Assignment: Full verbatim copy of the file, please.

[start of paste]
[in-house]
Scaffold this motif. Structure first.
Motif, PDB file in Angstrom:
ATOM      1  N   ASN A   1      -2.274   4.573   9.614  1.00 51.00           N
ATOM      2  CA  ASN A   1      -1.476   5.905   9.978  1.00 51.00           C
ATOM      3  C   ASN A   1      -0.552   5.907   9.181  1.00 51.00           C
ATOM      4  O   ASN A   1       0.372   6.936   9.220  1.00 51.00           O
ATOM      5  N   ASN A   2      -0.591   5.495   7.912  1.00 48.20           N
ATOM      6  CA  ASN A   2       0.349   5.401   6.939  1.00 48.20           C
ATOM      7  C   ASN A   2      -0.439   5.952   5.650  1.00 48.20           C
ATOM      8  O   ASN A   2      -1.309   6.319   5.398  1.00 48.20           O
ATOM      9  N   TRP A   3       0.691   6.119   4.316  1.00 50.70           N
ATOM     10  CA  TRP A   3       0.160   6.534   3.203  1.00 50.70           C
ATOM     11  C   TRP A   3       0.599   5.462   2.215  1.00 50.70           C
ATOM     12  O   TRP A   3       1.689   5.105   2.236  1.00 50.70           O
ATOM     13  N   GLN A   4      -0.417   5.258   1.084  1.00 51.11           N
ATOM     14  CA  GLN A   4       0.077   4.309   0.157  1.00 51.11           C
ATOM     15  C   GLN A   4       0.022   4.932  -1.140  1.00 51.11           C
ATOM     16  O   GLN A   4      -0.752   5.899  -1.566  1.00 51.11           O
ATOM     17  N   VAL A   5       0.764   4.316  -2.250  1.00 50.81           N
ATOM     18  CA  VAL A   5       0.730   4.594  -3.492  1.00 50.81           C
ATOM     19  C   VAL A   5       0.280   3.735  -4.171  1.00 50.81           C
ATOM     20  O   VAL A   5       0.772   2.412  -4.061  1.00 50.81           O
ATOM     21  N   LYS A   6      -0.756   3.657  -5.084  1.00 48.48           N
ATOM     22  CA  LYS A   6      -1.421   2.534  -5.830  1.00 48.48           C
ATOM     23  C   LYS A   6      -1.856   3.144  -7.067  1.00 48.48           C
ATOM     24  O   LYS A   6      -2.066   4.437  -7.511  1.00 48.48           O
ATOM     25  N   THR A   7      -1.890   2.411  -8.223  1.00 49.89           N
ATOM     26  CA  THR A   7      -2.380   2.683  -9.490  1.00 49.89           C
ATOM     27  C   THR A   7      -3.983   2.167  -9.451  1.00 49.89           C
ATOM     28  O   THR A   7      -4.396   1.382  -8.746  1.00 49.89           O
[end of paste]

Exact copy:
[in-house]
Scaffold this motif. Structure first.
Motif, PDB file in Angstrom:
ATOM      1  N   ASN A   1      -2.274   4.573   9.614  1.00 51.00           N
ATOM      2  CA  ASN A   1      -1.476   5.905   9.978  1.00 51.00           C
ATOM      3  C   ASN A   1      -0.552   5.907   9.181  1.00 51.00           C
ATOM      4  O   ASN A   1       0.372   6.936   9.220  1.00 51.00           O
ATOM      5  N   ASN A   2      -0.591   5.495   7.912  1.00 48.20           N
ATOM      6  CA  ASN A   2       0.349   5.401   6.939  1.00 48.20           C
ATOM      7  C   ASN A   2      -0.439   5.952   5.650  1.00 48.20           C
ATOM      8  O   ASN A   2      -1.309   6.319   5.398  1.00 48.20           O
ATOM      9  N   TRP A   3       0.691   6.119   4.316  1.00 50.70           N
ATOM     10  CA  TRP A   3       0.160   6.534   3.203  1.00 50.70           C
ATOM     11  C   TRP A   3       0.599   5.462   2.215  1.00 50.70           C
ATOM     12  O   TRP A   3       1.689   5.105   2.236  1.00 50.70           O
ATOM     13  N   GLN A   4      -0.417   5.258   1.084  1.00 51.11           N
ATOM     14  CA  GLN A   4       0.077   4.309   0.157  1.00 51.11           C
ATOM     15  C   GLN A   4       0.022   4.932  -1.140  1.00 51.11           C
ATOM     16  O   GLN A   4      -0.752   5.899  -1.566  1.00 51.11           O
ATOM     17  N   VAL A   5       0.764   4.316  -2.250  1.00 50.81           N
ATOM     18  CA  VAL A   5       0.730   4.594  -3.492  1.00 50.81           C
ATOM     19  C   VAL A   5       0.280   3.735  -4.171  1.00 50.81           C
ATOM     20  O   VAL A   5       0.772   2.412  -4.061  1.00 50.81           O
ATOM     21  N   LYS A   6      -0.756   3.657  -5.084  1.00 48.48           N
ATOM     22  CA  LYS A   6      -1.421   2.534  -5.830  1.00 48.48           C
ATOM     23  C   LYS A   6      -1.856   3.144  -7.067  1.00 48.48           C
ATOM     24  O   LYS A   6      -2.066   4.437  -7.511  1.00 48.48           O
ATOM     25  N   THR A   7      -1.890   2.411  -8.223  1.00 49.89           N
ATOM     26  CA  THR A   7      -2.380   2.683  -9.490  1.00 49.89           C
ATOM     27  C   THR A   7      -3.983   2.167  -9.451  1.00 49.89           C
ATOM     28  O   THR A   7      -4.396   1.382  -8.746  1.00 49.89           O